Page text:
You might want to consider the extent to which this is relevant in your committee. At the very least, hopefully your committee and ours will not be working at cross-purposes.

Also, to belabor your own point about separating content and transport, the XDR-I profile will focus on the transport, just like XDR, and NOT sub-specify the content in terms of DICOM attributes or extra meta-data beyond the very basic, since as I pointed out previously, the content simply is not a practical factor in these use-cases. XDS(-I) has already set the necessary standard with respct to (registry) meta-data.


PS. Since anecdotal accounts can be informative, albeit not representative, I would point out wrt. your wife's experience, that devices and organizations that do not write DICOM/PDI CDs and depend on proprietary viewers are not only evil, but have been put on notice by a statement from the AMA that effectively renders them as performing below the standard of care (not that the AMA would put it that way).

Further, in my anecdotal experience as a patient, I had no trouble a few months ago whilst bleeding from a fractured hand all over the neighborhood community hospital emergency room floor, in obtaining a standard DICOM CD from the ER radiographer, immediately after the examination was performed. The points being that a) this was one of the (majority) of "good" hospitals in this respect, and b) patients should insist on leaving with their CDs (just like they would have with films), not waiting until "later", when they might be harder to obtain. They too were not part of any image (or any other record) sharing network as far as I could ascertain, not to mention being "out of state" relative to my home.

Obviously we should be using the network for image transfer when it makes financial sense for everyone to do so, which with imaging excluded from meaningful use like incentives, coupled with CDs really being quite adequate if standards are enforced, right now it may not.

I hope you wrote to your peer CIO at the offending institution, and let them know what you thought of their proprietary CD, assuming that you checked it really wasn't a valid PDI (DICOM) disc, of course.

Lyle Schofield said...

Hi John:

I've found OsiriX (http://www.osirix-viewer.com/) to be a good OS X viewer for those CDs the doctor hands out. I also hate all the time wasted burning CDs in the medical office; may just be inertia from assuming the physicians don't have Internet in their office.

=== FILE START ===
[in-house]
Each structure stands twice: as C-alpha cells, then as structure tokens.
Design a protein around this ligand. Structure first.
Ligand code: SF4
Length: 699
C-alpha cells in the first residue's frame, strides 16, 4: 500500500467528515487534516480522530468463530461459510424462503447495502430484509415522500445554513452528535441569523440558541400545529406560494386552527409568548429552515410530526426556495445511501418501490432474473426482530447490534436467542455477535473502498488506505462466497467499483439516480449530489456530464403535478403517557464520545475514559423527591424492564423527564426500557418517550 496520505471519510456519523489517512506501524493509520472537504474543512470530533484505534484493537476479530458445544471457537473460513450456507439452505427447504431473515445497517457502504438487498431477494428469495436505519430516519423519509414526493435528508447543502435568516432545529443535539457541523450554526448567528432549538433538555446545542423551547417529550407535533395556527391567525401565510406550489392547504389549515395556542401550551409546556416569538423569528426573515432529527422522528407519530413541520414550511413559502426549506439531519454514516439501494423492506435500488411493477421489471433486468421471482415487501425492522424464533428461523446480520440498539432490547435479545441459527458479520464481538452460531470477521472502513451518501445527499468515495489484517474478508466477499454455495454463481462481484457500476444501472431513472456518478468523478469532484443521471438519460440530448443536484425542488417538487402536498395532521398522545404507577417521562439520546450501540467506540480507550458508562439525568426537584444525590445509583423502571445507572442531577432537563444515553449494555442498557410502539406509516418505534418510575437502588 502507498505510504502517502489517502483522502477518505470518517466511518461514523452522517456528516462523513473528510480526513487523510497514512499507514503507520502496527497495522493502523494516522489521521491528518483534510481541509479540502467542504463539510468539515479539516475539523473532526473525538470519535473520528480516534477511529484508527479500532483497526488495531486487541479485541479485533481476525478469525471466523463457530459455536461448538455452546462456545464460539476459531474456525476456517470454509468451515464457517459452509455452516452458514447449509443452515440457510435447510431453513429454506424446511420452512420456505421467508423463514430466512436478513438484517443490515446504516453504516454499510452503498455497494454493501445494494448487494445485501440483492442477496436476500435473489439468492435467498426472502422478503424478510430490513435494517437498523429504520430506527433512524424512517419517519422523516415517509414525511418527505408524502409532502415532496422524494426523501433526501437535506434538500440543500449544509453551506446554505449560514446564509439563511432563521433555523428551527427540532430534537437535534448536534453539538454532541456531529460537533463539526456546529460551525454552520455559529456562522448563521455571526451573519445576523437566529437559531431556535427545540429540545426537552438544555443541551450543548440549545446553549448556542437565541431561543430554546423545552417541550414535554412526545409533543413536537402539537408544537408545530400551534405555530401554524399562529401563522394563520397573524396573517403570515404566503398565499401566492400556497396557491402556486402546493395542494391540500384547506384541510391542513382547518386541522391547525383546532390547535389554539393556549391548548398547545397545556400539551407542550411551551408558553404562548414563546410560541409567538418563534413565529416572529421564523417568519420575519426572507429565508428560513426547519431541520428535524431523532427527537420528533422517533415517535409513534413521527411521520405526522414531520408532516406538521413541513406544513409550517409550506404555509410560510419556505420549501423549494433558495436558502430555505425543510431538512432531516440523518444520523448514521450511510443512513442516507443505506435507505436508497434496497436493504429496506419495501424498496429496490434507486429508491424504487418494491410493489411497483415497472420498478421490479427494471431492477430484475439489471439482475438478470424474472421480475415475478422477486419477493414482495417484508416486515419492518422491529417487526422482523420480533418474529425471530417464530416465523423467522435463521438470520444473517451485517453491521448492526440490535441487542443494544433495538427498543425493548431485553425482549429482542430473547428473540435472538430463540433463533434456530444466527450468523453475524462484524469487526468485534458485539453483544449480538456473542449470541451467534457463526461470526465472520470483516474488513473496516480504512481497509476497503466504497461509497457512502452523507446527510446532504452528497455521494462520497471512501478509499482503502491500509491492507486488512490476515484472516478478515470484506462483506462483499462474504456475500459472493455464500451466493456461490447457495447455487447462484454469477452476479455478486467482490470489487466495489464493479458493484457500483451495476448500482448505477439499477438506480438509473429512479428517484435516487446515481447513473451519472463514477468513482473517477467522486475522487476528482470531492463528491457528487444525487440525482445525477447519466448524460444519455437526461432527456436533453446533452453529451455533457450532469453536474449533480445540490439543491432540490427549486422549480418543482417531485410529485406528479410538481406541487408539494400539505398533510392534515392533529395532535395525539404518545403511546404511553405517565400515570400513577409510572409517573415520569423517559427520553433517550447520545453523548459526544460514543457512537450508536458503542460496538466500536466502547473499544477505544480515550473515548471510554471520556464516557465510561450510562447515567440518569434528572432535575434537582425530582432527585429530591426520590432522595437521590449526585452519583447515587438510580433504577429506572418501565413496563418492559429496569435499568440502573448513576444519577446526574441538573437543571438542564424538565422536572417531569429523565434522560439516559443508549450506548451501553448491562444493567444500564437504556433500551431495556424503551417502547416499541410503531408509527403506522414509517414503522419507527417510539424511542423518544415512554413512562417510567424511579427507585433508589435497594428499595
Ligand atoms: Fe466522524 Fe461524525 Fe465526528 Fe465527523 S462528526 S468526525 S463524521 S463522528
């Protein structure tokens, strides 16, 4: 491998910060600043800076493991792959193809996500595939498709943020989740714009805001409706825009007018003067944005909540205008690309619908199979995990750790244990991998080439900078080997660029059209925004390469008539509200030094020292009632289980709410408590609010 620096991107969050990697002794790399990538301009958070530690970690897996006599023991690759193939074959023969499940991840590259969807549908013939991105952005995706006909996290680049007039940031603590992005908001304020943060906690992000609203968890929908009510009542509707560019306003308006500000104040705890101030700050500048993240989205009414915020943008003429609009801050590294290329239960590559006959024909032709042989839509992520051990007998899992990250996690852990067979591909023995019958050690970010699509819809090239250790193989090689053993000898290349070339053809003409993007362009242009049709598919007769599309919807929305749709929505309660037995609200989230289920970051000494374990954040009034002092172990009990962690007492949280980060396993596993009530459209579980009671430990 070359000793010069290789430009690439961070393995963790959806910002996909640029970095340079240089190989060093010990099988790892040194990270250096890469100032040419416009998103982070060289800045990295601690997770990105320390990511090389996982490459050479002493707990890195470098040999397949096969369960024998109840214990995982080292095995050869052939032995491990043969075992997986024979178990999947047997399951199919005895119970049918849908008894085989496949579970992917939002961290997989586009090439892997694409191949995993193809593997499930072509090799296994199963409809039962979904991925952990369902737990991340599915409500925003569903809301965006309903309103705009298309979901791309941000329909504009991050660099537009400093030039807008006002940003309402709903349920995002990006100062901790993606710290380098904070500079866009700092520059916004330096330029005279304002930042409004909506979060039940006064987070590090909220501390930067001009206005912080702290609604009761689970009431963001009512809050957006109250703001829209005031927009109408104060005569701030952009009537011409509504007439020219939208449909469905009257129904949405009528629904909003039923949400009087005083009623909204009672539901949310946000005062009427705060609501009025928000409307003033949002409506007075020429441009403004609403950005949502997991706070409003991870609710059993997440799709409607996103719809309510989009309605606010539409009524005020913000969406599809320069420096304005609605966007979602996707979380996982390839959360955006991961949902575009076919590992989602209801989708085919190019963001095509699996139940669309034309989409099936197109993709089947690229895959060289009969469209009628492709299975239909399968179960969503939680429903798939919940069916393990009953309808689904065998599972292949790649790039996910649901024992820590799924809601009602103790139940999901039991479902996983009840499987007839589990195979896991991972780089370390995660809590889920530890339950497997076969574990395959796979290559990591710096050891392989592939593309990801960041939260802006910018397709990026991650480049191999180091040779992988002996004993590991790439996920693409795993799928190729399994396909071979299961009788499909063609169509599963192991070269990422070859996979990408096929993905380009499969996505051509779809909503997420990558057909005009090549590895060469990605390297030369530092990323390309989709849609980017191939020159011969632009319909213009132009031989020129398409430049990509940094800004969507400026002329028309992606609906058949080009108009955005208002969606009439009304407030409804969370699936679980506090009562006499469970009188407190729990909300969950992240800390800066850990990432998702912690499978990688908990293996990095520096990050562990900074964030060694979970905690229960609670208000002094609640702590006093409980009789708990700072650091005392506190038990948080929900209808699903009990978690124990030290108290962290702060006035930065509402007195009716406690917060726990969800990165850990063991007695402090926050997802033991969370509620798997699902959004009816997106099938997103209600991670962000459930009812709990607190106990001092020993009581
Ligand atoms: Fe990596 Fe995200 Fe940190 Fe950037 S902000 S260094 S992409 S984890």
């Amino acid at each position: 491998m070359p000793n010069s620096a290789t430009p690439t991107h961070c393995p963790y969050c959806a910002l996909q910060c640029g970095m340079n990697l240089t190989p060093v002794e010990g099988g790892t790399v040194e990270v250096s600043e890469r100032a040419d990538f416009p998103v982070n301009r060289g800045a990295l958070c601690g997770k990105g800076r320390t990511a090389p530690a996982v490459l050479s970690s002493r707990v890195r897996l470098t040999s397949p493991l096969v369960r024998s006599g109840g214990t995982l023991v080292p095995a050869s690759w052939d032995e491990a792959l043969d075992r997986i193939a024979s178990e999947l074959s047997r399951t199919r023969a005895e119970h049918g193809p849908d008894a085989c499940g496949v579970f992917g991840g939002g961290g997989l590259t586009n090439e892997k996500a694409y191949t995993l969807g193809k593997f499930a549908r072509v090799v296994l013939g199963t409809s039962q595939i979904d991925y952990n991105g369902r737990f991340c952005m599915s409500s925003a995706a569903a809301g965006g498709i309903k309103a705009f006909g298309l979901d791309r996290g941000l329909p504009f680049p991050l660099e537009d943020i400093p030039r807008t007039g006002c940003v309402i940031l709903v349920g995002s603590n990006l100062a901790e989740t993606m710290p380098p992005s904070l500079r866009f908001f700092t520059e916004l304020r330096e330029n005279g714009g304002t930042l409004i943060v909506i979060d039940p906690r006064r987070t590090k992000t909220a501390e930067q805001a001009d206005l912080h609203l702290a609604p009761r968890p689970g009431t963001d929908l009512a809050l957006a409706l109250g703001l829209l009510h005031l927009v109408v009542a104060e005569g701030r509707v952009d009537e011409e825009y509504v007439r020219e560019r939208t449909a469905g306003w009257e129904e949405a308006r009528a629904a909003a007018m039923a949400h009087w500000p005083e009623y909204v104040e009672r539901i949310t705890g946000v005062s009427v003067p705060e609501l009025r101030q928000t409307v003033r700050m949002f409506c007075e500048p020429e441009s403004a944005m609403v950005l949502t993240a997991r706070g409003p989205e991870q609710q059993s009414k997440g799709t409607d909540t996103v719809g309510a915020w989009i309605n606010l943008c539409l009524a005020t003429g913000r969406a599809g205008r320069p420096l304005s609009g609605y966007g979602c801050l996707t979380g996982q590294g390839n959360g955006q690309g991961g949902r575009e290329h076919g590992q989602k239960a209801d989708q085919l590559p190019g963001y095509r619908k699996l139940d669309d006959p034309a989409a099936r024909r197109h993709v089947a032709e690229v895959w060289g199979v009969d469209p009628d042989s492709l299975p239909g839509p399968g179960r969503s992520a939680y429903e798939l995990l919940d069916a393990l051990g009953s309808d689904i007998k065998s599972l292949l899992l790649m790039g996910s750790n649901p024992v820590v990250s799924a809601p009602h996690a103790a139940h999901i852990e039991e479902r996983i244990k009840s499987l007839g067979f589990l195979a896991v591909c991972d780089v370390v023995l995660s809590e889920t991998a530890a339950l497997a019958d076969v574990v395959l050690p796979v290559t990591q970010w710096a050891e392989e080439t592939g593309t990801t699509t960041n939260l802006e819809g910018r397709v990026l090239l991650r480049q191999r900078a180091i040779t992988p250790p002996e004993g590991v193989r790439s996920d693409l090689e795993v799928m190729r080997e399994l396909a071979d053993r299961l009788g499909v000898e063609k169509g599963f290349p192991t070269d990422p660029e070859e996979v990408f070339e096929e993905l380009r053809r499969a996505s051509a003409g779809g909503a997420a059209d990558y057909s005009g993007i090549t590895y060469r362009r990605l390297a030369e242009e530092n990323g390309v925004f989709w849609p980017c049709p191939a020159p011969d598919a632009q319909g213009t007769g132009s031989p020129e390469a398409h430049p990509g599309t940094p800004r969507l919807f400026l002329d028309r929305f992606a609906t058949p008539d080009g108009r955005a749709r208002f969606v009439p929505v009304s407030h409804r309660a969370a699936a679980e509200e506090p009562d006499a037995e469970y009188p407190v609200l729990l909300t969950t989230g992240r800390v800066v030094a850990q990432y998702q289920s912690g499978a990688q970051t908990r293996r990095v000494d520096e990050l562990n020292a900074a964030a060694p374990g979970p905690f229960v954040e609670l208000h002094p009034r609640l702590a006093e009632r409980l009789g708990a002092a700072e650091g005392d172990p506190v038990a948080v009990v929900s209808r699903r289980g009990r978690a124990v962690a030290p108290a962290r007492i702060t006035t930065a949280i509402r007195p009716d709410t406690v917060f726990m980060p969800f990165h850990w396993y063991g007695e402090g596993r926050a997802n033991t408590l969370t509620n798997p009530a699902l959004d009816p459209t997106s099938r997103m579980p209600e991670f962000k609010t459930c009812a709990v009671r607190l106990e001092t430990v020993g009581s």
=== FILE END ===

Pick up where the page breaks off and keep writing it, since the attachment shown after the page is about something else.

Keith W. Boone said...

It's not a problem with DICOM, but rather with NOT using it. See this post

David Clunie said...

I guess my (much) longer comment from yesterday must have got "lost" somehow, but the important part of it that doesn't repeat what others have said in the meantime is ...

If you are going to use something like "Direct" to push images, you need to account for IHE XDR-I (which is being worked on this IHE Radiology cycle).


Unknown said...

Completely agree, however it is not a problem with the standard but rather vendor implementation and vendor's inability to have an agnostic viewer. As a PACS admin I often get asked to produce a CD but for a Mac for physicians, PACSCube does not do that. MD's don't like to hear that this is not possible and I usually get an ear full. Ideally, it would be great for PACSCube to burn sudies as a DVD. Our hospital also has an online 30 day image viewer for physicians with access.

Adrian Gropper said...

Although I agree, John, that DIrect is the future for cross-institutional communications, I don't think that 500 MB DICOM attachments are likely to flow through as attached documents.

Instead of offering patients a CD, their images can be made available through the patient (or provider) portal just like the Blue Button files now offered by all VA and DOD hospitals. Blue Button can avoid the delay of moving 500 MB before viewing and HTML5 viewers are coming on the market that work across all modern browsers and mobile devices.

What's missing is the ability for your wife to give her doctor at BI a "valet key" to just that part of the source hospital's patient portal that would include her images. That valet key functionality (technically known as OAuth) is also a part of the Markle Foundation Blue Button best practice. With Blue Button and OAuth, a simple Direct message can carry a secure streaming link to the images ready to view in seconds and available for download as DICOM if desired.

What will it take for hospitals outside the VA / DOD to implement full-featured and standards-based Blue Button patient and physician portals?


Henryhbk said...

Osirix is generally able to track down dicom images on almost all image CDs. It will scan the entire disk for dicom files regardless of how the cd is formatted. I often then export this back out as a red-book dicom cd which can be loaded into bidmc's pacs for some images I need loaded from an external hospital.

That being said not sure why these pacs packages can t just produce a clean cd with their viewer on it which can be imported (proprietary or common viewer shouldn't effect this)